Wednesday

Jul. 29, 1998

To the Evening Star: Central Minnesota

by James Wright

WEDNESDAY 7/29

Today's Reading: "To the Evening Star: Central Minnesota" by James Wright from ABOVE THE RIVER: COMPLETE POEMS, Wesleyan University Press (1990).

It was on this day in Munich, 1921, that ADOLF HITLER took over the fledgling National Socialist Worker's Party – Nazis for short. The party was mostly former soldiers who were disgruntled at losing WWI and the punitive peace agreement Germany had struck with the Allies.

It's the birthday in Charleston, West Virginia, 1918, of MARY LEE SETTLE, author of a series of historical novels about Appalachia known as the Beulah Quintet, beginning with her 1956 O Beulah Land and wrapping up with the 1982 book, Killing Ground. Her 1977 novel Blood Tie won the National Book Award.

It's the birthday in Jefferson City, Missouri, 1909 of CHESTER HIMES, author of books on race like If He Hollers Let Him Go, and The Lonely Crusade; as well as Harlem detective stories like Cotton Comes to Harlem and All Shot Up – books featuring the black detectives Grave Digger Jones and Coffin Ed Johnson.

It's the birthday in Worcester, Massachusetts, 1905, of poet STANLEY KUNITZ, winner of the 1959 Pulitzer Prize for his Selected Poems. Just before Kunitz was born, his father took his own life. Kunitz wrote this poem called "Self Portrait." My mother never forgave my father for killing himself,/especially at such an awkward time and in a public park,/that spring when I was waiting to be born./ She locked his name in her deepest cabinet/and would not let him out, though I could hear him thumping. /When I came down from the attic/with the pastel portrait in my hand of a long-lipped stranger /with a brave mustache and deep brown level eyes,/she ripped it into shreds without a single word and slapped me hard./In my sixty-fourth year I can feel my cheek still burning.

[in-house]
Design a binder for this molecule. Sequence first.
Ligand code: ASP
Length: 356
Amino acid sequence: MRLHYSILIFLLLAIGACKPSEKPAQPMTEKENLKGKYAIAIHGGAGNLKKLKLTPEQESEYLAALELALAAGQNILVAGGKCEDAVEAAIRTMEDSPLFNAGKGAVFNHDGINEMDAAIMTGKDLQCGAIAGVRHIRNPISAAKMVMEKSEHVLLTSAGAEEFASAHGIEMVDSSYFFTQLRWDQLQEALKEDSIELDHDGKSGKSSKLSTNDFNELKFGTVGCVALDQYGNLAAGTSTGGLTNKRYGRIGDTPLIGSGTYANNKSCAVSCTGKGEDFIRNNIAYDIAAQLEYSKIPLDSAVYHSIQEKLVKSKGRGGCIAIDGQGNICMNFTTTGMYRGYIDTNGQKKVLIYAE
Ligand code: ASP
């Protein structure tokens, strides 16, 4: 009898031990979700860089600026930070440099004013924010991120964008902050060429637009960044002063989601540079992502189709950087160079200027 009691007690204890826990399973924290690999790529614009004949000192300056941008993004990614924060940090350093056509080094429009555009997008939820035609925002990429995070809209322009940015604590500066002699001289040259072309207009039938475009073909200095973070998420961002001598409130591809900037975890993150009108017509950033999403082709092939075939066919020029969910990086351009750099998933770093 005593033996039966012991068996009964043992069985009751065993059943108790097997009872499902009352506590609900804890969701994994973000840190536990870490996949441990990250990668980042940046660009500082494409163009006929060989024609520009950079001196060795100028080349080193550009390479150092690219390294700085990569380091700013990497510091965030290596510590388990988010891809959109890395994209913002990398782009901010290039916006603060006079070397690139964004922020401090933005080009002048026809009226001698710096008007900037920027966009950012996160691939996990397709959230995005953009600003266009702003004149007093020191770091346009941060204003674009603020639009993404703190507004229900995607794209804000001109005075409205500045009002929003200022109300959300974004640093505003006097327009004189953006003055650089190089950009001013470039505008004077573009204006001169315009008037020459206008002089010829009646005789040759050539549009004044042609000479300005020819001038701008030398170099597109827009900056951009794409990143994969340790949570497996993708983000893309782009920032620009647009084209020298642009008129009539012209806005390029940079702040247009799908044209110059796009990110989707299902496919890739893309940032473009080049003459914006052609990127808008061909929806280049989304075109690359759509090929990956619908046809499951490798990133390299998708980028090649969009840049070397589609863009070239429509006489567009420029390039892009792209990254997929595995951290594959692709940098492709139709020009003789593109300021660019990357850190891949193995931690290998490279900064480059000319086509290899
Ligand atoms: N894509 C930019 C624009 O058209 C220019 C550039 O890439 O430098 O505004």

It's the birthday in Walnut, Illinois, 1878, of the man who created Archy, the literary cockroach, DON MARQUIS. Marquis started out as a reporter for the Atlanta Journal, then in 1912 moved to New York City and began writing columns for The Sun and the Tribune. Archy appeared in The Sun one day in the '20s, his philosophical writings – like, "an optimist is a guy that has never had much experience" – always typed lowercase because he was, after all, just a cockroach and couldn't hold the shift key down on Marquis' typewriter while jumping from key to key typing.

It's the birthday in Paris, 1805 of the political scientist and writer, ALEXIS DE TOCQUEVILLE (tok-VEEL), author in 1840 of the four-volume Democracy in America which he wrote after a nine-month visit to the United States. He thought Americans were driven first and foremost by a love of money, but he said, "If I were asked to what the singular prosperity and growing strength of the Americans ought mainly to be attributed, I should reply: To the superiority of their women."

Be well, do good work, and keep in touch.®

 









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